Evaluating Corn Replanting Options

Cool temperatures and wet conditions have put stress on corn germination and emerging seedlings.  Before deciding to replant, some important steps should be taken:

  1. Evaluate the stand for population and uniformity.
  2. Compare yield potential of the existing stand with yield potential of the replant (consider insurance or government program restrictions).
  3. If the decision is made to replant, consider various management practices discussed below to optimize yield potential.

Evaluating Existing Stands

When evaluating corn stands, only count plants that have a good chance of survival. Observe the uniformity of the stand across the field to determine whether the entire field will need replanting or if you can replant portions of the field.

There are a couple of options you can use when evaluating corn stands. (Please note the second option is a more accurate method).

  1. Count the number of plants in a length of row equal to 1/1000th of an acre based on row width (Table 1). Multiply the number of plants by 1,000 to get the plants per acre. Repeat the process in several field locations.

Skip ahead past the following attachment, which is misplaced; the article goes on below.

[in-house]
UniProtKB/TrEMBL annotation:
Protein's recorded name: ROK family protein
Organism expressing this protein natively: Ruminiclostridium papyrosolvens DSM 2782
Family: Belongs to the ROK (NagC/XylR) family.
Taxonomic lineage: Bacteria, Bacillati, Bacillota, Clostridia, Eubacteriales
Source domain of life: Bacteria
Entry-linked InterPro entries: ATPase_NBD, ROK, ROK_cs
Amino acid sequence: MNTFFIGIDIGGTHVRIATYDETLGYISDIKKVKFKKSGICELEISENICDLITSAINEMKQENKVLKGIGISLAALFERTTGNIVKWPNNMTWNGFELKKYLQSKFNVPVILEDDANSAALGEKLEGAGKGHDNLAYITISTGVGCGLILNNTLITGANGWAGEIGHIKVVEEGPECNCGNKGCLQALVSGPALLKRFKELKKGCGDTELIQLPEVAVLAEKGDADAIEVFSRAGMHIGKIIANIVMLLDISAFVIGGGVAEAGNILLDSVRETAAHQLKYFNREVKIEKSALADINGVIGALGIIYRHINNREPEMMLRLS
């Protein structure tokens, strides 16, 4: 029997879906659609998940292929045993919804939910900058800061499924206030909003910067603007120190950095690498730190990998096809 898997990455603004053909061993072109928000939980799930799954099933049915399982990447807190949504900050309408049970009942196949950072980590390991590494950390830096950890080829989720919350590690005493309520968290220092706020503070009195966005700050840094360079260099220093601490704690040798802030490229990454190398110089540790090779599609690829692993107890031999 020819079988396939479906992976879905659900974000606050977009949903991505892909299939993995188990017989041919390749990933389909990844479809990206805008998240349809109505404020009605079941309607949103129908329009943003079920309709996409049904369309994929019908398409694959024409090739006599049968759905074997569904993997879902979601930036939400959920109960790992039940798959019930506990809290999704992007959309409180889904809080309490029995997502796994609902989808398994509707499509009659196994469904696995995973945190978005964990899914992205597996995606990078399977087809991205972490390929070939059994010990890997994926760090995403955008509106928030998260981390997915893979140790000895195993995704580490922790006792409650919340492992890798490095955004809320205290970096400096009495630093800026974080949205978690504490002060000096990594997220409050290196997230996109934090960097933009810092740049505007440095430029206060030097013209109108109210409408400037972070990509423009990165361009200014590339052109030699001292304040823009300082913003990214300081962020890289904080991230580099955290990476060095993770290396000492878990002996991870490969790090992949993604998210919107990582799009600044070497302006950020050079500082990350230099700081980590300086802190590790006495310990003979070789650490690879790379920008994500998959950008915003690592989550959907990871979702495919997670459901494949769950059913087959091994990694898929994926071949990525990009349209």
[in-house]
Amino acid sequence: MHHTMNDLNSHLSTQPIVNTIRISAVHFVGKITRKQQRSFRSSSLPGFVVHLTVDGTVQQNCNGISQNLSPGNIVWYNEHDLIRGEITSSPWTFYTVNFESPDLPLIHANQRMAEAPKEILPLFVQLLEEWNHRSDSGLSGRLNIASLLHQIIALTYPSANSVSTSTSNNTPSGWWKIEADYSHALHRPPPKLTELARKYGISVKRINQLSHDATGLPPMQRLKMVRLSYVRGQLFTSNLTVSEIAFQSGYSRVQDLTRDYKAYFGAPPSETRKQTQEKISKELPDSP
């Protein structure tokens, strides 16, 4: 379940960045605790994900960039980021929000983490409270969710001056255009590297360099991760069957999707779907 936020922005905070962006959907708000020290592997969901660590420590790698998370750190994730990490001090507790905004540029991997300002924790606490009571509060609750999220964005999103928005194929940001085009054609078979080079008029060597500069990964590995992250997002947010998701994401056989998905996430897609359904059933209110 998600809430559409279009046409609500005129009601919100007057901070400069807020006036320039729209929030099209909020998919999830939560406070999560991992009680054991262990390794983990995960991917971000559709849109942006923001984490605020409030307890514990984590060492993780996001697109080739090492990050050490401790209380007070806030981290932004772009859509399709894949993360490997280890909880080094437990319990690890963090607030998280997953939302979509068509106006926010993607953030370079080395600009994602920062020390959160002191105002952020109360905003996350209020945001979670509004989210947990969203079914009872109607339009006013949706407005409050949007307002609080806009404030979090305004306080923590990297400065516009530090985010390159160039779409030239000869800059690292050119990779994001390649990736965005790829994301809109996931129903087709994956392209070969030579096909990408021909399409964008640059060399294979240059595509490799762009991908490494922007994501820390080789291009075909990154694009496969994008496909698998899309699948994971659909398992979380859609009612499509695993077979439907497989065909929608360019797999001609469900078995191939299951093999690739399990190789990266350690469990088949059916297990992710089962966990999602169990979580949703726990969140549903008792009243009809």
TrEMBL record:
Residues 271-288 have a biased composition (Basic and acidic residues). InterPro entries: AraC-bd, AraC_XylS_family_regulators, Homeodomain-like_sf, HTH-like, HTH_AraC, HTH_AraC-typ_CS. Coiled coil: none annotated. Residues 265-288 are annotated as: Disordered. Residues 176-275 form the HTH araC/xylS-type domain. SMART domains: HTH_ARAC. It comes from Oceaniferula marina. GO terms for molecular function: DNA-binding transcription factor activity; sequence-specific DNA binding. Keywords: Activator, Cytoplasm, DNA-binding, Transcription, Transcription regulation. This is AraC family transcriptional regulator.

2. Count 150 plants and measure the distance from start to finish with a measuring wheel. Divide the number of feet traveled into the appropriate factor in Table 2 to determine plant population. For example, if you walked 94 feet while counting 150 plants in 30-inch rows, the population is 2,613,600÷94=27,804. Because a longer row length is counted, the samples are more representative and fewer locations are required.

Should I Replant?

After taking stand counts, consider yield potential of the current stand and planting date, compared to the yield potential of the target replanting stand and date, and the costs associated with replanting.


If you decide to replant …

The first step in deciding to replant is removing the existing stand. Tillage is an option in most cases, however, depending on the growth stage of the original stand, two passes may be necessary.

Second, determine which relative maturity (RM) to use when replanting. As planting occurs after May 1, corn requires approximately 1.6 fewer growing degree days (GDDs) per day of delayed planting to reach flowering.

Third, decide on a management practice to protect against corn rootworm and other soil insects, including European Corn Borer (ECB).

Finally, corn planted later in the season has a greater chance of exposure to heat and drought stress during pollination. Manage this risk by selecting a hybrid with heat and drought tolerance and early flowering.

If you have any questions about whether or not you should consider replanting, please don’t hesitate to let us know by commenting on this post, or by contacting us at 1-877-GO-LATHAM.

Source: Monsanto’s Agronomic Alert